Why measure customer satisfaction? So you can improve it!
The benefits of strong satisfaction are well documented in terms of business success. So the important thing is not just measuring customer satisfaction, but developing programs that will drive that satisfaction level higher.
But how do you know what to do? If your customer satisfaction measurement program has been well-designed, you have good metrics for overall satisfaction, loyalty, repeat purchase and likelihood to recommend to others. Additionally, you have satisfaction measures on selected benefits and features delivered by your product and service.
For example, you know that 67% of your customers are very or somewhat satisfied, and you also know that 45% rate their satisfaction with your technical support as “very satisfied”. Further, 52% say they are very satisfied with product reliability. Does that mean that you need to work on your technical support? Or is it possible that improving customer satisfaction with product reliability will deliver a bigger bang for your buck in improving overall satisfaction and loyalty metrics? How can you tell?
Infosurv Research recommends conducting additional analysis on your customer satisfaction research data to “tease out” the relationships between the various benefits and features you are measuring and their potential impact on your overall measures. This additional analysis provides the “derived importance” of any factor. Derived importance analyzes the trends in customer behavior to understand the underlying factors influencing that behavior.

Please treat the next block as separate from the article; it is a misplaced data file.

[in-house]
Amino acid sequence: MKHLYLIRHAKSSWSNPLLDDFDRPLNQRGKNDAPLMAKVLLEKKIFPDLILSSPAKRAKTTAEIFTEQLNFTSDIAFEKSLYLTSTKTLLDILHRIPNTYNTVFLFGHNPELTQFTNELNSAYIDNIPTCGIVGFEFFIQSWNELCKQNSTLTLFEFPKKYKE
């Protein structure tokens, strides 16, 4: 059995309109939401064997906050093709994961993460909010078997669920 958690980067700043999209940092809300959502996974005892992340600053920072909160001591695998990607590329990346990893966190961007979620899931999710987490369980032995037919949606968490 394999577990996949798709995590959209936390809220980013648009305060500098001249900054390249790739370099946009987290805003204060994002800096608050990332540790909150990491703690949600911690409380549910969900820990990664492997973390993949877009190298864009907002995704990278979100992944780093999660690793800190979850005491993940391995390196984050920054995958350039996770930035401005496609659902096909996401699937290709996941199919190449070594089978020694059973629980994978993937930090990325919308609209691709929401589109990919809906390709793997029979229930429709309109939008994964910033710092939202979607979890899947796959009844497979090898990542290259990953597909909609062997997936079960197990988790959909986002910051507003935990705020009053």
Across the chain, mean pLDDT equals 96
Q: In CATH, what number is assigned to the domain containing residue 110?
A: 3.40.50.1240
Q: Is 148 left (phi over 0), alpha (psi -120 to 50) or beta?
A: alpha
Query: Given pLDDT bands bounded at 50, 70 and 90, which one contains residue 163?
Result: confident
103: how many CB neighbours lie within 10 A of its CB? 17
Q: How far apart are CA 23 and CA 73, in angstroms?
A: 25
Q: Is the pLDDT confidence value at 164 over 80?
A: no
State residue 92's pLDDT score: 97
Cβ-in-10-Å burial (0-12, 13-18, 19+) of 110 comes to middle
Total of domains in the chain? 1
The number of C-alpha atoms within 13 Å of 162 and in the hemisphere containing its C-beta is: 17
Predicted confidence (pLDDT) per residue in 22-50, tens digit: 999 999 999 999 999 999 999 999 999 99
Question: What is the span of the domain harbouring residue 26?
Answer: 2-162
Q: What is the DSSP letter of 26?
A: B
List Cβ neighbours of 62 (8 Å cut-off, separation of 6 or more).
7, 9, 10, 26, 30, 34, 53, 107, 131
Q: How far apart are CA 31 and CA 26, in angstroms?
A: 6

While we could ask respondents how important each factor is, that takes more time (increasing research costs) and also is less reliable than determining importance through derived importance analysis. Customers can’t always tell you what is really influencing their satisfaction or loyalty. And, when asked directly, customers tend to rate everything as important. For example, if you asked airline passengers to rate the importance of Safety as an attribute for airlines, almost all would rate Safety as an important attribute. After all, all flyers want to get to their destinations safely. But, if you conduct a derived importance analysis on the factors that drive choice of airline, the safety attribute has little impact. Why? Because nearly all airlines are considered “safe”, so safety is not a discriminating factor. Think of “derived importance” as a way to read you customers’ minds: the analysis will tell you what your customers might not be able to tell you even if you asked the question directly!
In derived importance, we are looking for relationships between variables and we have no need to understand whether causality exists between variables, only that the states of selected variables influence the state of customer satisfaction, and to what degree. For this we use either correlation analysis or regression analysis, specifically Product Moment Correlation or Bivariate or Multiple Regression.
Derived importance analysis can help give you the answers to operations and marketing questions such as:
- What programs should I fund in my customer satisfaction improvement plan that would have the strongest impact on customer satisfaction and/or loyalty?
- Will I improve customer satisfaction more by investing in better customer support or better product quality?
- Can a change in customer satisfaction be explained by a change in customer service?
- How is customer satisfaction related to repeat purchase? Customer loyalty?
- What can I do to get customers to recommend us to others more frequently?
You can’t fix everything, as least not in the short run. And guessing what is important is not a good tactic. Measuring derived importance can lead to far more targeted, effective and impactful customer satisfaction improvement programs and a more efficient use of your budget. And while derived importance does rely on more advanced analytical techniques than other approaches, the impact on customer satisfaction and cost savings more than make up for that additional effort.